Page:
The leveling control needs air pressure. A two stage vacuum operated compressor produces this pressure. For intake stroke, the sliding distributor valve, which is operated by linkage attached to the piston, applies engine vacuum to compartment ‘B’ and atmospheric pressure to compartment ‘A’. This forces the diaphragm to move the piston toward the reservoir. This opens check value No.1 and fills the first stage with air.
When the piston reaches the end of intake stroke, it causes the distributor valve to admit vacuum to compartment ‘A’ and atmospheric pressure to compartment ‘B’. This moves the piston back toward check valve 1 causing it to clocks. As the piston continues its movement it compresses the air ahead of it. The air is now under pressure. It travels through the hollow piston opening and check valve 2 allowing the air to enter the second stage when it completed its stroke, the distributor valve again reverses the vacuum to opposite side of the diaphragm compartment ‘B’ and the piston is forced to travel toward check valve-3. As it travels, it does two things.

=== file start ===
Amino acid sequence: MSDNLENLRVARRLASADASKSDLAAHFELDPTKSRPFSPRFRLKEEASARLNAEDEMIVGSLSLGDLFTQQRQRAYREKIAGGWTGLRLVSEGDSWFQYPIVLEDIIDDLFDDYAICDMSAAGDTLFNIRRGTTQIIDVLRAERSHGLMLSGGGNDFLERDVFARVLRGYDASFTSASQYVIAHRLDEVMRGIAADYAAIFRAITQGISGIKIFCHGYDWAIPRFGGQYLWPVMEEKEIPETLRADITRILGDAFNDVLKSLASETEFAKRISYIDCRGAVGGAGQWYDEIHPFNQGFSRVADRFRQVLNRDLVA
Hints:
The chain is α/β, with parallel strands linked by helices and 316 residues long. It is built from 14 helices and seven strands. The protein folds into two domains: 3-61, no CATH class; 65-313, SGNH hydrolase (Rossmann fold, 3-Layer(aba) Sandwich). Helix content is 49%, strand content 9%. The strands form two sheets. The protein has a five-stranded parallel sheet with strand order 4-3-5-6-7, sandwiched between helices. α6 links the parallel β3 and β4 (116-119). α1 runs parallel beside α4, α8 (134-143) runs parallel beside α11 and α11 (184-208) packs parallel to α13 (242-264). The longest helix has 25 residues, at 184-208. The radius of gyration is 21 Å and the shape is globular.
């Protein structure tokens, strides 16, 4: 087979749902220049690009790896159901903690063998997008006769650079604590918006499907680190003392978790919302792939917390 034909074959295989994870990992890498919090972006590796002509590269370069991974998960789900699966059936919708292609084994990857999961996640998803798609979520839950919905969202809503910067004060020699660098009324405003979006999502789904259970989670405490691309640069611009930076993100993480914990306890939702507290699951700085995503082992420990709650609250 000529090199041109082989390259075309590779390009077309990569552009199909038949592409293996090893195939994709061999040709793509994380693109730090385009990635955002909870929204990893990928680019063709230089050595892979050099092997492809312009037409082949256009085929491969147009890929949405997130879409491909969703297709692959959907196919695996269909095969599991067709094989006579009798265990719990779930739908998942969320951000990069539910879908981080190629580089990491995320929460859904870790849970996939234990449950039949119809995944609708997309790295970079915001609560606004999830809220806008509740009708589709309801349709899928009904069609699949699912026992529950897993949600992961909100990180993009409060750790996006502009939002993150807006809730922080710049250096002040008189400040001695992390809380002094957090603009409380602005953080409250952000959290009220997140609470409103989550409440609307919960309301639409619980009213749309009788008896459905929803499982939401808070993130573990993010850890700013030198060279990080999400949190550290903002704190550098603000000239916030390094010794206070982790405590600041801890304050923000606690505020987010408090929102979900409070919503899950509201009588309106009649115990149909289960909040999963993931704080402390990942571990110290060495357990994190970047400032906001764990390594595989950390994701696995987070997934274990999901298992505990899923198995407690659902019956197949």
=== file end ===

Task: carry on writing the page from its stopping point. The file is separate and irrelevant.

1. It compresses the air in the second stage cylinder. This closes value 2 and opens valve 3, which allows the compressed air to flow in to the reservoir. At the same time, a fresh charge of air is drawn in through valve-1.
2. The compressor piston cycles (moves back and forth) until the pressure built by in the reservoir is equal to the pressure generated by the second stage cylinder. When this point is reached, a balanced condition exists and compressor will not operate until some air has been used by the system.